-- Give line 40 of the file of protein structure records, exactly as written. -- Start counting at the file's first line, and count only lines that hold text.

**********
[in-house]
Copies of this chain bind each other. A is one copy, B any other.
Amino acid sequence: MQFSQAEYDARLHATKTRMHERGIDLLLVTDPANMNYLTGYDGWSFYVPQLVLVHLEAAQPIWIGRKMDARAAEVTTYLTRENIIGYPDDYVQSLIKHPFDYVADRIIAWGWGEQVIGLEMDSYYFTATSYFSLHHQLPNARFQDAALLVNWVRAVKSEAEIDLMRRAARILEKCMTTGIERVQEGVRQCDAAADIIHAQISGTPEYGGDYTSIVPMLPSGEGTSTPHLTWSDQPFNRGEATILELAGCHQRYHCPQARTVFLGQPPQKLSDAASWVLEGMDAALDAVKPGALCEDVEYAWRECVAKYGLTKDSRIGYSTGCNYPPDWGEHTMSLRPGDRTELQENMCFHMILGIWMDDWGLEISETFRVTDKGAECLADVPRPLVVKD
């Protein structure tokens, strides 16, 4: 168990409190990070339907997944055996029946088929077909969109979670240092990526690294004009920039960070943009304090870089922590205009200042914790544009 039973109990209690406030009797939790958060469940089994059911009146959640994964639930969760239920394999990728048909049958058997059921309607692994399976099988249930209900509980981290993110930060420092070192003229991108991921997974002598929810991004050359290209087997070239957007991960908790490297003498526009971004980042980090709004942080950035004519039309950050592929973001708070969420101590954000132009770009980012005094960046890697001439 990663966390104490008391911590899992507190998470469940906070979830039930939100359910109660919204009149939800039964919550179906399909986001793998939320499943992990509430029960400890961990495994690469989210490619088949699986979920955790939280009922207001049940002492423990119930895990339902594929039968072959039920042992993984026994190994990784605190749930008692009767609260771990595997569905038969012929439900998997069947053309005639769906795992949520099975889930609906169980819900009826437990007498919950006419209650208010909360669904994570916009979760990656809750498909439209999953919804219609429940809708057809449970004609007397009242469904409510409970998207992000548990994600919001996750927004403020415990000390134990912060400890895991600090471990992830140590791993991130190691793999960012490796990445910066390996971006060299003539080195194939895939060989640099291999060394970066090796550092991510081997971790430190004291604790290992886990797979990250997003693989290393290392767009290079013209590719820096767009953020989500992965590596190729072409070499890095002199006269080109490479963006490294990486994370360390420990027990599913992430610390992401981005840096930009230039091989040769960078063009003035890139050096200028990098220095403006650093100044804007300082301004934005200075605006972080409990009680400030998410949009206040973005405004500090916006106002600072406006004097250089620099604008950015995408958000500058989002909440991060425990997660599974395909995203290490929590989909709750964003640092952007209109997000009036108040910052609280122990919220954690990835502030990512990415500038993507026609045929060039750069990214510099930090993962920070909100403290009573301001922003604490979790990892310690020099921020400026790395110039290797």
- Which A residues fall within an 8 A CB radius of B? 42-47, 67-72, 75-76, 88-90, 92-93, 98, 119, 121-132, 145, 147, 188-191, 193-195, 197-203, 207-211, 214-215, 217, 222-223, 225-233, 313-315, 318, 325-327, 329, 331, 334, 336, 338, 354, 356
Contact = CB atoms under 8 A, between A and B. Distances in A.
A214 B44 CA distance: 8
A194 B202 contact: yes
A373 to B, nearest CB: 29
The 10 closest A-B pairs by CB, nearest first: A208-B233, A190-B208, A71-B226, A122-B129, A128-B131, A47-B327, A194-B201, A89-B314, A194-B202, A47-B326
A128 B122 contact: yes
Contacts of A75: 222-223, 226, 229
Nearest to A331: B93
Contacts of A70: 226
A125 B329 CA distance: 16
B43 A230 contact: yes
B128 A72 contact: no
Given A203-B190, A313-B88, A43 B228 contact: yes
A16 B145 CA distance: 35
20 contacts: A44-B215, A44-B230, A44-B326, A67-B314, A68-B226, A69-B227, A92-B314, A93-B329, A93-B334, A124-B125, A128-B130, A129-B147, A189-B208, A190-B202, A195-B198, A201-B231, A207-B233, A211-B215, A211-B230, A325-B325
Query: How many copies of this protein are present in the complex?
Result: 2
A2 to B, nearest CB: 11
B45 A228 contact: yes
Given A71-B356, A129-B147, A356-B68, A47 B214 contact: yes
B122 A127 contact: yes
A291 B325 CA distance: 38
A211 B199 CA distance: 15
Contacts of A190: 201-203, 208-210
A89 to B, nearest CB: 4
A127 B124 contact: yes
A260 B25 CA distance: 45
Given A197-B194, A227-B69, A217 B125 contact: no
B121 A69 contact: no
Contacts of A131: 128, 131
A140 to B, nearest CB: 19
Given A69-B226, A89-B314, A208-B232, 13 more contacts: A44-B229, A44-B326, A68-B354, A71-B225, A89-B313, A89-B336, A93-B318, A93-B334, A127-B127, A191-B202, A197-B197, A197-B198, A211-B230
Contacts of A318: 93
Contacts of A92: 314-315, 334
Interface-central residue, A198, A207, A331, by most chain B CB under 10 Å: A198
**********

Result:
Interface-central residue, A198, A207, A331, by most chain B CB under 10 Å: A198